Answers To Three Discussion Questions- Answers To Three Discussion Questions introduction.
Answers To Three Discussion Questions
1. Intercultural Communication
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a. Japan has an industrialized, free-market economy that is very efficient and competitive, especially when it comes to areas like the agriculture, distribution, and those that are under services. However, their customs appear to be very different from the Western trend in businesses, and this might have a great impact on the company’s dealings with the country (or person/s from the country). This cultural disparity includes the following facts: firstly, formal business is done informally; secondly, personal compatibility goes first and foremost; thirdly, words exchanged personally can be accounted as legal records; fourthly, the way to advertise is to use ads that are supersexy in appearance, with true-to-life heroes like James Dean; and finally, it has the tendency to recognize crony capitalism (Bello, 1998).
b. These five issues are very important because it spells out the cultural environment and behavior of their company members. Japanese companies are among those that have the highest growth rates in the world; yet it is very obvious that ‘compatibility’ and personal affection are among the most important qualities a Western businessman should lay out in Japan first. To deal with these five cultural traits, it is important to apply them in the company strategy, which would boost the organizational morale between the two companies. In developing organizational morale, the four most important themes are the following: first is communication; second is involvement; third is environment; last but not the least is appreciation (Family Services, n.d.).
2. Meeting Disruption
a. The question about meetings and second agendas during the end of an appointment can be stopped or squashed. The basic formula here lies on the ability of the speaker to appear logical and neutral to the audience, with the former having the ability to explain thoroughly how or why the strategy has to be exercised. With this, audiences, even if they were from another culture, would comprehend and agree that a second agenda need not be exercised.
b. I attended a certain business meeting about a year ago, wherein a sudden change in the schedule of future appointments made way for a piece disruption. The speaker, which was a member of the HRM, had a hard time explaining the reason of the event. What happened was that somebody from the higher staff took the position and explained to the other members what or why and how it occurred.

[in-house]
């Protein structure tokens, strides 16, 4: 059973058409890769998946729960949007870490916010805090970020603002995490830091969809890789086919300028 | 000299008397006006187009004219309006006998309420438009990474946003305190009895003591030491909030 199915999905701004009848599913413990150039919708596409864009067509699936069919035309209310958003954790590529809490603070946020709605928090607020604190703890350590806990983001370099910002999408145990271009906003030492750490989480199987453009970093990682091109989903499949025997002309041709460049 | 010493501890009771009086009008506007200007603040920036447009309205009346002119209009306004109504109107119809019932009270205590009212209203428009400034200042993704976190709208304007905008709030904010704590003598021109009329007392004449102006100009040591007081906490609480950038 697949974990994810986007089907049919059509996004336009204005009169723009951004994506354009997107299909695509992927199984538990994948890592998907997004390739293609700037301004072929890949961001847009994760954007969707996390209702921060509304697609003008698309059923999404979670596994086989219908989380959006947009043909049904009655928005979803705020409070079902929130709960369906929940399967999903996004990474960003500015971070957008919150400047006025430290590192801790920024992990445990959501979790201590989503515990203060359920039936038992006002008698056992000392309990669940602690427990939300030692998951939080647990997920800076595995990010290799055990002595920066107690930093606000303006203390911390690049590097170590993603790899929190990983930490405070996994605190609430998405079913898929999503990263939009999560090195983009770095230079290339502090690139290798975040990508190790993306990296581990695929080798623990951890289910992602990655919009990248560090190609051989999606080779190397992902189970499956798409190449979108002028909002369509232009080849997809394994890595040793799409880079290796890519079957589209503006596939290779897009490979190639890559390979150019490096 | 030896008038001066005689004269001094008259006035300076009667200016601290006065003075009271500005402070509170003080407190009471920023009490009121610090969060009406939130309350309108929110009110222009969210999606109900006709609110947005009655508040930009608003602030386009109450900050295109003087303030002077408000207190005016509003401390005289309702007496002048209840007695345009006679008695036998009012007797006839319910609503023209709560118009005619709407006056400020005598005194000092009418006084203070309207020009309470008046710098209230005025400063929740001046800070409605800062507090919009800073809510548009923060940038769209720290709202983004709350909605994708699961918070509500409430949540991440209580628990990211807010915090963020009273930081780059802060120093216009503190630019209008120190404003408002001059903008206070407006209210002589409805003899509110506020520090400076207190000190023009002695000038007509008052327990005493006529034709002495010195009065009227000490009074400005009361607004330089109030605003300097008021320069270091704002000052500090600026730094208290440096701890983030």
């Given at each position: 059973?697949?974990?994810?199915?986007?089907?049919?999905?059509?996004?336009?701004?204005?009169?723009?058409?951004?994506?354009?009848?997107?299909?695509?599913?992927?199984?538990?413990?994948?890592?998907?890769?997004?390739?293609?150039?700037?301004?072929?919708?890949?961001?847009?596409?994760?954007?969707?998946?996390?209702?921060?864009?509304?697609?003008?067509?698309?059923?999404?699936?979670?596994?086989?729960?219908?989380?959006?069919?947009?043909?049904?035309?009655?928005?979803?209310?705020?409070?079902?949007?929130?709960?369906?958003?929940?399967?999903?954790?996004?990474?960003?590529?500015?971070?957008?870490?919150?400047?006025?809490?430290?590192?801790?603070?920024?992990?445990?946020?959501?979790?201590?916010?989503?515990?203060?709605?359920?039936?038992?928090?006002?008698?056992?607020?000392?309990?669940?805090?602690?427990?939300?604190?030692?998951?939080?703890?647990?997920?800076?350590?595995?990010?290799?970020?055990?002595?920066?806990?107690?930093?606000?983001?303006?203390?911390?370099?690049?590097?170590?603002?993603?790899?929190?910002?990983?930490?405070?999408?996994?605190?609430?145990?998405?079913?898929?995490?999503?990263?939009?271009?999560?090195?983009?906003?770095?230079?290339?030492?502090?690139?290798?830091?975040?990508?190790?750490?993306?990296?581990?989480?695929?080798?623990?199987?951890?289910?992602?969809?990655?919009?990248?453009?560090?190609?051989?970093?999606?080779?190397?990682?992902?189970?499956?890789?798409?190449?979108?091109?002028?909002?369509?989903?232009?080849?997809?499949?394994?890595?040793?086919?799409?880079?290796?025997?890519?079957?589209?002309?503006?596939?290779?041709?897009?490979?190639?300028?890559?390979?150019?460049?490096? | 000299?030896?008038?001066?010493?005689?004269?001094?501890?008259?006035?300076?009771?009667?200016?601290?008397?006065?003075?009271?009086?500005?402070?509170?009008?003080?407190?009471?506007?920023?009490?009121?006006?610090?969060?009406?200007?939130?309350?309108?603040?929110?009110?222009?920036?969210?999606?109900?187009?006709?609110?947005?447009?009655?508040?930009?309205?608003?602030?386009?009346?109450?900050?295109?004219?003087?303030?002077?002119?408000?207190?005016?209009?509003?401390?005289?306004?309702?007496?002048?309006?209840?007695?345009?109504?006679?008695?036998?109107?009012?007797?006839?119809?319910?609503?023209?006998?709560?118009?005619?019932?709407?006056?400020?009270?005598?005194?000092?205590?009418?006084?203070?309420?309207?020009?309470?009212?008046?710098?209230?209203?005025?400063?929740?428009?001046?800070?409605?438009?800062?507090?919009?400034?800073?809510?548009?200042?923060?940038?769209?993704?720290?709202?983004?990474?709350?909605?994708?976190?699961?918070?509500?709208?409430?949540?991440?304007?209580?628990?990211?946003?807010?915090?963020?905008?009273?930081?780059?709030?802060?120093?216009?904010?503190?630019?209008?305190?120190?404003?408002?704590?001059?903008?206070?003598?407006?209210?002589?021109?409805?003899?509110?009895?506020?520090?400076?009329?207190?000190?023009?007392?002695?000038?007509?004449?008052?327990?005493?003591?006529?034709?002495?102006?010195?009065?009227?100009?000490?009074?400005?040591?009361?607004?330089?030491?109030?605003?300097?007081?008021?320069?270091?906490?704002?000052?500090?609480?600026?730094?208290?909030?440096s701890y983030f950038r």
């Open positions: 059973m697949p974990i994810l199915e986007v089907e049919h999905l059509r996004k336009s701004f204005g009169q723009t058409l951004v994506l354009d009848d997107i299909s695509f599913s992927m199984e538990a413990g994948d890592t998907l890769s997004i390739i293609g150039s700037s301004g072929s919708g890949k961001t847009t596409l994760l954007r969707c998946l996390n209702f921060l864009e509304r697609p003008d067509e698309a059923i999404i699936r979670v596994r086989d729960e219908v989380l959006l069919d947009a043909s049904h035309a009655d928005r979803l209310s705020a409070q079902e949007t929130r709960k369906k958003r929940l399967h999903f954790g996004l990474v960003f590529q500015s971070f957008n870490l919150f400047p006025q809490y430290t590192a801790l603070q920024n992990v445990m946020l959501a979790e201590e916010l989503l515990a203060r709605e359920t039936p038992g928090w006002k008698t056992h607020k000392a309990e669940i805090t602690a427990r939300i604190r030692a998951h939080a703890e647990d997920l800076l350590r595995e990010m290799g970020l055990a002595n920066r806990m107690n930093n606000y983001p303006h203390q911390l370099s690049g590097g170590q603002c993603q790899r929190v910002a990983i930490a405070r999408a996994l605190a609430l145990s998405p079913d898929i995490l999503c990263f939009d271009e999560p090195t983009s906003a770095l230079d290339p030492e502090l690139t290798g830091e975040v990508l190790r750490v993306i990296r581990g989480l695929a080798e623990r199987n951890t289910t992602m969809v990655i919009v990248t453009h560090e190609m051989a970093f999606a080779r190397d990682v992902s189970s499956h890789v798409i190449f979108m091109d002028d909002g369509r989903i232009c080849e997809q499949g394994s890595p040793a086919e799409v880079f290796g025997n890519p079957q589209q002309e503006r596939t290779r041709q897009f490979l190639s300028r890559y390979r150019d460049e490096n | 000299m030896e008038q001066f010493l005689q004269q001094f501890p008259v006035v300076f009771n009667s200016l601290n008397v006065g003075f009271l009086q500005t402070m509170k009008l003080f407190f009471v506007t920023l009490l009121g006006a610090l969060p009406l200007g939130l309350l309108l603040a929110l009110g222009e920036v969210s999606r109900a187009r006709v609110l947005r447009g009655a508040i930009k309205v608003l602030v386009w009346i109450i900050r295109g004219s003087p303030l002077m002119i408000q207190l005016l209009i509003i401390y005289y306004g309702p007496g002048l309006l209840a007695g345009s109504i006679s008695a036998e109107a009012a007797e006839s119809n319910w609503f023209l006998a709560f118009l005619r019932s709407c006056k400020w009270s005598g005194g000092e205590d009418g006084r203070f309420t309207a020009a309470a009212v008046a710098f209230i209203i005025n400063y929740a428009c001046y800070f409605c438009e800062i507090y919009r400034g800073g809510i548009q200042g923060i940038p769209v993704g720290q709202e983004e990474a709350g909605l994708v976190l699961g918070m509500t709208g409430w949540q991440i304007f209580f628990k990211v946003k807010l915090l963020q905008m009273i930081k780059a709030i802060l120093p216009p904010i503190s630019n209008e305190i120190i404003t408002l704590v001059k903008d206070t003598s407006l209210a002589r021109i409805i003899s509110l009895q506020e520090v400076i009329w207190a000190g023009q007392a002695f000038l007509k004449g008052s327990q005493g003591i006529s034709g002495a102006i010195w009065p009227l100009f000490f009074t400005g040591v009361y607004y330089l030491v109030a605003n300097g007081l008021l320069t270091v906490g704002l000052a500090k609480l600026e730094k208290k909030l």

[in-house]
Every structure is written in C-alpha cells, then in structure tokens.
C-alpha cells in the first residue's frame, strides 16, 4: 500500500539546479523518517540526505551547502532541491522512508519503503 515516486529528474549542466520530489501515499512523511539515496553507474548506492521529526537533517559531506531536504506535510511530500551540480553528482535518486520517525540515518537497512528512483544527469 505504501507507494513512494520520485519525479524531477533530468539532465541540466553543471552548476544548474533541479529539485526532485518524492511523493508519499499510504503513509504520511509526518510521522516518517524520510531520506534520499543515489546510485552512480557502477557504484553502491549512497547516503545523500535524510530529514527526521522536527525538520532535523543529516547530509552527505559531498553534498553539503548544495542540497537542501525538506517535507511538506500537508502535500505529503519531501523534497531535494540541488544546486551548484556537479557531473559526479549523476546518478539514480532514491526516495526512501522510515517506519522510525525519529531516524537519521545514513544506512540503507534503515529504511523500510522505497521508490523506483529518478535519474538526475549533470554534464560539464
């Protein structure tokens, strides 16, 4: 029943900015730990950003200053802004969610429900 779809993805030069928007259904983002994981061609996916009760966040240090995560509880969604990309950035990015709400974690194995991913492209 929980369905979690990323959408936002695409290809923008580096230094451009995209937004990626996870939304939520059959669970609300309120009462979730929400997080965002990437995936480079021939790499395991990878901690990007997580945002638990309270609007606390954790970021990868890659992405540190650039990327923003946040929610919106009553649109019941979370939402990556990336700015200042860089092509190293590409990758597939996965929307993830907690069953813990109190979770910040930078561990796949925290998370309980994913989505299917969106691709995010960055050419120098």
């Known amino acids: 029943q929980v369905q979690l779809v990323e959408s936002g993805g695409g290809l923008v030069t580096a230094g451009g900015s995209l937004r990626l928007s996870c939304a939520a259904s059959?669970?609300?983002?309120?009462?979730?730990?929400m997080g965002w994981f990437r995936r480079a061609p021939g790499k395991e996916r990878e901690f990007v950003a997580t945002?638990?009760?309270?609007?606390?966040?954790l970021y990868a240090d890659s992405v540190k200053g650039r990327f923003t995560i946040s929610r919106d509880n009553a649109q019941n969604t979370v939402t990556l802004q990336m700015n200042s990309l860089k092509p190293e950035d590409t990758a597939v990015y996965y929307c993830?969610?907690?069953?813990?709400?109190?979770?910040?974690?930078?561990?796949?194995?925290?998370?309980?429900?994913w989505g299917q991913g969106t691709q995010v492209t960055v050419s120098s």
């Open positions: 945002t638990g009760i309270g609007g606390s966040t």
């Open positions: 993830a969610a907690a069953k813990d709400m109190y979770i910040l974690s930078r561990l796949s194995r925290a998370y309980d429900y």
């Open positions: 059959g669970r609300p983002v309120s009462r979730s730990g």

c. The situation was not handled well, and it is evident that the basic formula in cases like this lies on the ability to communicate well. To be able to communicate effectively in front of people (especially if the audience includes people who are from another culture), it is important to have a pleasing and positive appeal to the audience, with the ability to explain well the reason for such interference. To diffuse it, speakers of formal presentations should speak well and understand well.
d. Having attended a certain meeting less than a year ago, I admired the way the speaker was able to successfully manage delivering his piece. What I admired most was that he was confident (but not overconfident), was able to deliver the points clearly and neutrally… with no mentioning of personal feelings, experiences, or preferences.
3. Formal Presentation Tactics
To maximize the effect of formal presentations, it is important that the speaker knows well the following issues: first, the culture, trend, and character of the audience; second, schemes in reducing speaker anxiety and fear; third, schemes in reducing listener anxiety and fear; fourth, schemes in communicating effectively, with the use of verbal and nonverbal cues; fifth and final, the proper use of visual aids and utilities.
Bello, W. (July 1998). Back to the Third World? The Asian Financial Crisis Enters Its Second Year. Focus on Trade, Part 4 of 4 (27). Retrieved November 17, 2007, from lists.essential.org database: http://lists.essential.org/1998/stop-imf/msg00139.html.
Family Services. (n.d.). Solving the organizational morale issue. Solutions Newsletter, Issue 33, 1-2.
Japan. (2007). Retrieved November 17, 2007, from the Wikipedia Online Encyclopedia database: http://en.wikipedia.org/wiki/Economy_of_Japan.
[Source of Case 4-11, Creating a Global Perspective]